Hi there, when i try to scan a network i notice that most of the ports are filtered or closed. When i scan an analyze the traffic I notice that ICMP echo reply with Type No 3 and No 9. What are some of the ways to scan through a filtered network?
I don’t have a good answer for this - because it does vary on the specifics of a lot of situations. ICMP Type 3 is “Destination Unreachable” - which can mean a lot of things and is hard to tell apart from the system simply not being there. Type 9 - router advertisement - might be more useful as it hints at some way you could try to spoof or bounce solicitation messages. This is likely to become pretty complex, pretty quickly. So if the responses to nmap are filtered/closed (its worth validating this with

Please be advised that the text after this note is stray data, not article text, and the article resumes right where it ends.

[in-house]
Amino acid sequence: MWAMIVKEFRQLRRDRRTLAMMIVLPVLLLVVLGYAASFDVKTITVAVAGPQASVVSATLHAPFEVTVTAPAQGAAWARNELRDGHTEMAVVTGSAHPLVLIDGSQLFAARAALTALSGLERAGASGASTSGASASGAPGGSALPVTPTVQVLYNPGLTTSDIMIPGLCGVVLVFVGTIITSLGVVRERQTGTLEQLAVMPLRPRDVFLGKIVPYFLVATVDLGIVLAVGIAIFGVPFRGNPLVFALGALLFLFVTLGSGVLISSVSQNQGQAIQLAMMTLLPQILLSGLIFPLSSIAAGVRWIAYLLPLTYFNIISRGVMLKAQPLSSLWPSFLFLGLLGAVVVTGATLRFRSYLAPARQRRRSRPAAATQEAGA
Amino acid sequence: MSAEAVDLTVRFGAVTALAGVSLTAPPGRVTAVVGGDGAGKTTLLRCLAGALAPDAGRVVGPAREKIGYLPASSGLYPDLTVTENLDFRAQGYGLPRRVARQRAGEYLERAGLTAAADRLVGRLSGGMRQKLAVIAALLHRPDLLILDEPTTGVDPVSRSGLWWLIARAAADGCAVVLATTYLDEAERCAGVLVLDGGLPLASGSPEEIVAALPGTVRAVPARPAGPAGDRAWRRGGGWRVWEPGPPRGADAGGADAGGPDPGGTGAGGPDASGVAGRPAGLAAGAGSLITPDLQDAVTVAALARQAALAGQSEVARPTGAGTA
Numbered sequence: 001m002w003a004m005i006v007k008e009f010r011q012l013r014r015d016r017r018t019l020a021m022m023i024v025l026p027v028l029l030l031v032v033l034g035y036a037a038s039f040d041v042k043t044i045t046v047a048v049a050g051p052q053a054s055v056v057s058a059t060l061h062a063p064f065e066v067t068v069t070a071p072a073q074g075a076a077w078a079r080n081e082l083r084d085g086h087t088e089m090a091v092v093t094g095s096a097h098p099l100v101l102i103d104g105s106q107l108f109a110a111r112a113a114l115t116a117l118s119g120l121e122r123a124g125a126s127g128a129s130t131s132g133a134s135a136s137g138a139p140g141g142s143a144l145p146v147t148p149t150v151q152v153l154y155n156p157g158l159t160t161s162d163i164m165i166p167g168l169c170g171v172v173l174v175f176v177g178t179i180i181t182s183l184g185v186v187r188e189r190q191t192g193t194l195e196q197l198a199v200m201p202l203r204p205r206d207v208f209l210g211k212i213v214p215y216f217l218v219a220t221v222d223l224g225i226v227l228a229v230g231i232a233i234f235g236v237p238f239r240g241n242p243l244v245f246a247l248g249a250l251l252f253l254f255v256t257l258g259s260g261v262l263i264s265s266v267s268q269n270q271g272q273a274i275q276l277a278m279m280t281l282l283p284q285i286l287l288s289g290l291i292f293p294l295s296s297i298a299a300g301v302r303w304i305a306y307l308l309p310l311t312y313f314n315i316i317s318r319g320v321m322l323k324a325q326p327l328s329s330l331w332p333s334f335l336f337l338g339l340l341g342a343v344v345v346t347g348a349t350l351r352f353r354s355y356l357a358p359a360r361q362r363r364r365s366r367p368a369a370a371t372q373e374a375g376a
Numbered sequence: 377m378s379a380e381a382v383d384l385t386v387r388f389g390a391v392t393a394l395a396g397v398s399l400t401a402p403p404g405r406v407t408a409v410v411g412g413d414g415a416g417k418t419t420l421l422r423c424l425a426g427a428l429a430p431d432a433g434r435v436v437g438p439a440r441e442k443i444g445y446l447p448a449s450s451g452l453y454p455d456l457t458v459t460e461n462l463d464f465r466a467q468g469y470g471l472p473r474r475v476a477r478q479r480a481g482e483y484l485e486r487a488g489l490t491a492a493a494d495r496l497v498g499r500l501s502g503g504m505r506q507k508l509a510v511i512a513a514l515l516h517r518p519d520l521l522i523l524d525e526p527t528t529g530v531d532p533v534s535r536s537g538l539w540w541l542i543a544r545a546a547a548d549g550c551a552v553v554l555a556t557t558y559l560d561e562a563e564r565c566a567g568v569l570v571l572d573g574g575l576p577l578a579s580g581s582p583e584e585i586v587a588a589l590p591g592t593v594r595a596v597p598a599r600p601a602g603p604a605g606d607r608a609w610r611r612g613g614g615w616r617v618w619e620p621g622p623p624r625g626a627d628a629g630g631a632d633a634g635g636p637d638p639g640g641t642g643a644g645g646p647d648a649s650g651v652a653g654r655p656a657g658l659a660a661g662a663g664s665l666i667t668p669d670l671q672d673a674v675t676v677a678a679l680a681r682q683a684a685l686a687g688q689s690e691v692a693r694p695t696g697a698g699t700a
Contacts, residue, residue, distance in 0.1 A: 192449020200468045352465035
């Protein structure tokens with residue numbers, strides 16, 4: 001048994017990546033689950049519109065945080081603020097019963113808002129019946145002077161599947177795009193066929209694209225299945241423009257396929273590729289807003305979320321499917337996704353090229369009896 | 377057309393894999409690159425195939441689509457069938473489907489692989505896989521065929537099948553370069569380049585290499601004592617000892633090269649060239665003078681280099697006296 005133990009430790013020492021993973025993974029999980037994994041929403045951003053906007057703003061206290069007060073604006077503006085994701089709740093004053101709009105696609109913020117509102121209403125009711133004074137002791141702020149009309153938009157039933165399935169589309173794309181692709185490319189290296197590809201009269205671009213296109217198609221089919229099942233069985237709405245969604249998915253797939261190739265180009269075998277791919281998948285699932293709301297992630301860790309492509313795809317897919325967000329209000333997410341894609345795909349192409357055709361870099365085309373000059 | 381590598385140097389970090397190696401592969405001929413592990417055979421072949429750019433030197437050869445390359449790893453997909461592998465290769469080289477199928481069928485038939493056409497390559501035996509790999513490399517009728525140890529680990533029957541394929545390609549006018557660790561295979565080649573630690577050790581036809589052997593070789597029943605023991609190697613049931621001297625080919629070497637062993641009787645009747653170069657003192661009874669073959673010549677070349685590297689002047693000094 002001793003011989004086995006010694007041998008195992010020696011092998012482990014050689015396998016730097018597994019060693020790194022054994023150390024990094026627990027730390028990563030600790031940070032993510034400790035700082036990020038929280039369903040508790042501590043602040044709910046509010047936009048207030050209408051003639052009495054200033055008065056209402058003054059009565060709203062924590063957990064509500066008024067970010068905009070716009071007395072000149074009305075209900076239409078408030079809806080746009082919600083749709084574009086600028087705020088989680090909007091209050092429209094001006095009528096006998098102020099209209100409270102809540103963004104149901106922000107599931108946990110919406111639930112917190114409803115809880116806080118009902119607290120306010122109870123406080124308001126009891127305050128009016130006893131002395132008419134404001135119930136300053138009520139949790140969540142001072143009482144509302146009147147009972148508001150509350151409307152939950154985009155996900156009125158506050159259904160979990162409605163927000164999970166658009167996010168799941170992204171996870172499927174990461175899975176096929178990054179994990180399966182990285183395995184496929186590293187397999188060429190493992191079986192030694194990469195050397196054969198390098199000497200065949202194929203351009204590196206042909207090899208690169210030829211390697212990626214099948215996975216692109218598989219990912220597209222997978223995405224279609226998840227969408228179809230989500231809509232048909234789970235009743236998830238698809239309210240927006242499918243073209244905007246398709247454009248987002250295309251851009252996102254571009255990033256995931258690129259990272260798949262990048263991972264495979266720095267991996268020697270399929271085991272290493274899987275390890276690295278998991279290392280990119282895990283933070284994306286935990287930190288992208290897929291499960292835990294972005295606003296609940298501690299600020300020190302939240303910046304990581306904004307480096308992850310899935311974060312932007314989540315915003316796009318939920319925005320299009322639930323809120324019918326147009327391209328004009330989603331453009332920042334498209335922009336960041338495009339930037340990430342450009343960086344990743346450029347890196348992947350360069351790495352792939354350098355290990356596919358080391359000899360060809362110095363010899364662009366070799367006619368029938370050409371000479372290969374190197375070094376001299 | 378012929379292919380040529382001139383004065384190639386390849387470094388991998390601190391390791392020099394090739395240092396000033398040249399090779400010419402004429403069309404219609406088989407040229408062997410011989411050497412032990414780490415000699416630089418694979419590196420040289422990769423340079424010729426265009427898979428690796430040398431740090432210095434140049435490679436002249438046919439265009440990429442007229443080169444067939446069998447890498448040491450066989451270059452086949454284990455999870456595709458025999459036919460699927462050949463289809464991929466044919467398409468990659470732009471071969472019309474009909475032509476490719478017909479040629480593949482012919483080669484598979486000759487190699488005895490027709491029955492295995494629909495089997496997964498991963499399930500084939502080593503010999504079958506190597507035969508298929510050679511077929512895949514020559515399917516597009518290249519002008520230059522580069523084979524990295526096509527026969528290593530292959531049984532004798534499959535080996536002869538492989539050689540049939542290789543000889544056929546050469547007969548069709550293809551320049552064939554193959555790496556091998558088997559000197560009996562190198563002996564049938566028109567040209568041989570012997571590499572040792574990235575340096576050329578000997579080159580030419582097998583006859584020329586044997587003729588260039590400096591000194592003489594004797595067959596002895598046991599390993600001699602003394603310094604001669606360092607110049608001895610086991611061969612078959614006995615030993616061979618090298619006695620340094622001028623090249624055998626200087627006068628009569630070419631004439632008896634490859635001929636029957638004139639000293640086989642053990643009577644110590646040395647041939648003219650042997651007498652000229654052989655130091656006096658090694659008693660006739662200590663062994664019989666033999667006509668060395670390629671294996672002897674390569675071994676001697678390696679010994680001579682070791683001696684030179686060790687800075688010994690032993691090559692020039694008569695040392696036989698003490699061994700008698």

--reason on nmap to get the specifics) there are a few things that might cause it, so a few things you’d need to try and bypass. For example, it could be a firewall, it could be a packet filtering router, it could be application rules etc. Places I’d look for ideas: Firewall/IDS Evasion and Spoofing | Nmap Network Scanning
Additional Info: In simplest terms, a close port will respond (in most cases with a RST/ACK, or ICMP unreachable) and a filtered report does not.
@alvin said: > Additional Info: In simplest terms, a close port will respond (in most cases with a RST/ACK, or ICMP unreachable) and a filtered report does not. Yes, unless the device filtering the traffic is configured to send ICMP unreachables, or the device really is unreachable etc.